2016 Israel Computer Vision Day
Sunday, December 25, 2016
Vision Day Schedule
Time 
Speaker
and Collaborators 
Affiliation 
Title 
08:5009:20 
Gathering 

09:2009:40 
Gerard Medioni Tal Hassner 
USC 
Faces, deep learning and the pursuit of
training data 
9:4510:05 
Elad
Richardson Roy
OrEl Ron
Kimmel 
Technion 

10:1010:30 
Margarita Osadchy Stuart Gibson Orr Dunkelman Daniel PerezCabo 
Haifa U of Kent U of Vigo 

10:3510:55 
Nadav Cohen Amnon Shashua 

Inductive Bias of Deep Convolutional Networks through Pooling
Geometry 
11:0011:30 
Coffee Break 

11:3011:50 
Dan Feldman Ibrahim Jubran 
Haifa 
Lowcost and Faster Tracking Systems Using
Coresets for PoseEstimation 
11:5512:15 
Ronen Basri Soumyadip Sengupta Tal Amir Meirav Galun Tom Goldstein David Jacobs Amit Singer 
Weizmann Princeton 

12:2012:40 
Mike Werman Shmuel Peleg Ben Arzi Yoni Kesten Tavi Halperin 
HUJI 

12:4513:05 
Ehud Barnea Ohad
BenShahar 
BGU 
HighOrder Contextual
Object Detection with a Few Relevant Neighbors 
13:0514:10 
Lunch


14:1014:20 
"Intermezzo" 

14:2014:40 
Yaniv Taigman 
Facebook
AI Research (FAIR), TLV 

14:4515:05 
Micha
Lindenbaum Avi Kaplan Tamar Avraham 
Technion 
Interpreting the Ratio Criterion for Matching SIFT
Descriptors 
15:1015:30 
Or Litany Alex Bornstein Michael Bronstein 
TAU 

15:3515:55 
Itamar
Talmi Roey
Mechrez Lihi
ZelnikManor 
Technion 

16:0016:20 
Coffee
Break 

16:2016:40 
Netalee Efrat Piotr Didyk Mike
Foshey Wojciech Matusik Anat Levin 
Weizmann MIT 

16:4517:05 
David Avidar Meir Barzohar 
Technion 

17:1017:30 
Yael Moses Shachaf Melman Gerard
Medioni Yinghao Cai 
IDC 
The Israel Computer Vision Day is sponsored
this year by:
Abstracts 

Gerard Medioni and Tal Hassner – USC,
OPENU 

Elad Richardson, Matan Sela, Roy OrEl and Ron Kimmel  Technion 

No Bot Expects the DeepCAPTCHA! Introducing
Immutable Adversarial Examples, with Applications to CAPTCHA Generation 
Margarita Osadchy, Julio HernandezCastro, Stuart Gibson, Orr Dunkelman Daniel PerezCabo – Haifa, U of Kent, U of Vigo 
In this work we introduce DeepCAPTCHA, a new and secure
CAPTCHA scheme based on adversarial examples, an inherit limitation of the
current Deep Learning networks. These adversarial examples are constructed visual inputs,
either synthesized from scratch or computed by adding a small and specific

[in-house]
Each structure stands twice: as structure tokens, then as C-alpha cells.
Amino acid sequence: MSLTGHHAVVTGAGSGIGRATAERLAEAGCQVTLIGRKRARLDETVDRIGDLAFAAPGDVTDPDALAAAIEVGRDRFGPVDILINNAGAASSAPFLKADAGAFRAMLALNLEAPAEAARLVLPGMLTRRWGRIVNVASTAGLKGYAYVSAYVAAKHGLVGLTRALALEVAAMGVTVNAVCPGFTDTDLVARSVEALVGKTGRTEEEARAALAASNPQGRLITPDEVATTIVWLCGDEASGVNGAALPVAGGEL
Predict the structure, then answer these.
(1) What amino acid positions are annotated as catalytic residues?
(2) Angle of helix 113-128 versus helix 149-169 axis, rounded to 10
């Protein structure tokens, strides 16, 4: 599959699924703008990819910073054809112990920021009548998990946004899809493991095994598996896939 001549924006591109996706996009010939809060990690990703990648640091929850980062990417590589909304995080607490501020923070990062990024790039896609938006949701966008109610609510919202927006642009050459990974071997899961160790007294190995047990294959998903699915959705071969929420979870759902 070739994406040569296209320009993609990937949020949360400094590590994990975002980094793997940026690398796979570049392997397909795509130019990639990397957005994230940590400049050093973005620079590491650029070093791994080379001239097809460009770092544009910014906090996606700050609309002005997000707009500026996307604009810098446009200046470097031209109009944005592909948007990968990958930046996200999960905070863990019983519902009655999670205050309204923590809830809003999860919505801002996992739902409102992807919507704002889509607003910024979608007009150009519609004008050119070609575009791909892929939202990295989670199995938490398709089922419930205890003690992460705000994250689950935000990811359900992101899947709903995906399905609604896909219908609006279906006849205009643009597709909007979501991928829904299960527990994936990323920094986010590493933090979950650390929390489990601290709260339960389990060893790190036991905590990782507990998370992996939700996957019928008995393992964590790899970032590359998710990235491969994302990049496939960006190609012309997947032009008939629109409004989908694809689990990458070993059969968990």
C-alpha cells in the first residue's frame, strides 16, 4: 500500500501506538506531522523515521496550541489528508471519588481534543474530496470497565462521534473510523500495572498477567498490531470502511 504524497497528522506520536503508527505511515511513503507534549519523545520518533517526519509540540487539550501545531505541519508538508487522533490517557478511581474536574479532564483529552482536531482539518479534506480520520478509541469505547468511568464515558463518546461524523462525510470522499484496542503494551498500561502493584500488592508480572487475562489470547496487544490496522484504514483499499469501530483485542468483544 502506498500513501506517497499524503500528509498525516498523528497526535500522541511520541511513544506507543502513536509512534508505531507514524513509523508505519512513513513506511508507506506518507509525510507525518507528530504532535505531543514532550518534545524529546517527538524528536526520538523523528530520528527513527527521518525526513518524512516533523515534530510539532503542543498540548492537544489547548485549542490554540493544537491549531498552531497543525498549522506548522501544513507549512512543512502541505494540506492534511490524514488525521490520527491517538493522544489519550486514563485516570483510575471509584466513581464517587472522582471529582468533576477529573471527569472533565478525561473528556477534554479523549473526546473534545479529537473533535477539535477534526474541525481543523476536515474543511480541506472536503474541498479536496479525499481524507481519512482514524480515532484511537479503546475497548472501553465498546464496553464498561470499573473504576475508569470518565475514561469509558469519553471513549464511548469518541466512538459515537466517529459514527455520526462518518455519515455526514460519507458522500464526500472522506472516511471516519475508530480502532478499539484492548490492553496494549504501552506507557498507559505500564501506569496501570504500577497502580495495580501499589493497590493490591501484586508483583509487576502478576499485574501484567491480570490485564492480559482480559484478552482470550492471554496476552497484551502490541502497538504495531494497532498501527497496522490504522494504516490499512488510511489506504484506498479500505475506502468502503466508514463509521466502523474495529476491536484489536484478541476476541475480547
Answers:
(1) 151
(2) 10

perturbation called adversarial noise to correctly classified items, causing
the targeted DL network to misclassify them. We show that plain adversarial
noise is insufficient to achieve secure visual CAPTCHA schemes, which leads
us to introduce immutable adversarial noise  an adversarial noise
resistant to removal attempts. We implement
a proof of concept system, and its analysis shows that the scheme
offers high security and good usability compared to the best previously
existing CAPTCHAs. 
Inductive Bias of Deep Convolutional Networks through Pooling Geometry 
Nadav Cohen
and Amnon Shashua  HUJI 

Lowcost and Faster Tracking Systems Using Coresets for
PoseEstimation 
Dan
Feldman, Soliman Nasser and Ibrahim Jubran  Haifa 
We
prove that every set has a weighted subset (coreset) of constant size
(independent of n), such that computing the optimal orientation of the small
coreset would yield exactly the same result as using the full set of n
markers. A deterministic algorithm for computing this coreset in O(n) time
is provided, using the Caratheodory Theorem from computational geometry. We then
developed a $50 tracking system based on this algorithm that turns a toy
drone into an autonomous drone. The experimental results are almost identical
to those obtained via a commercial $10,000 tracking system (OptiTrack). 
A New Rank Constraint on Multiview Fundamental
Matrices and its Application to Camera Location Recovery 
Ronen Basri , Soumyadip Sengupta, Tal Amir,
Meirav Galun, Tom Goldstein, David Jacobs, Amit Singer – Weizmann,
UMD, Princeton 

Mike Werman, Shmuel Peleg, Ben Arzi, Yoni Kasten and Tavi Halperin  HUJI 
The fundamental matrix is the basic building block of multiple view
geometry and its computation is the first step in many vision tasks. Its
computation is usually based on pairs of corresponding points. It is known
that the fundamental matrix can also be computed from three matching epipolar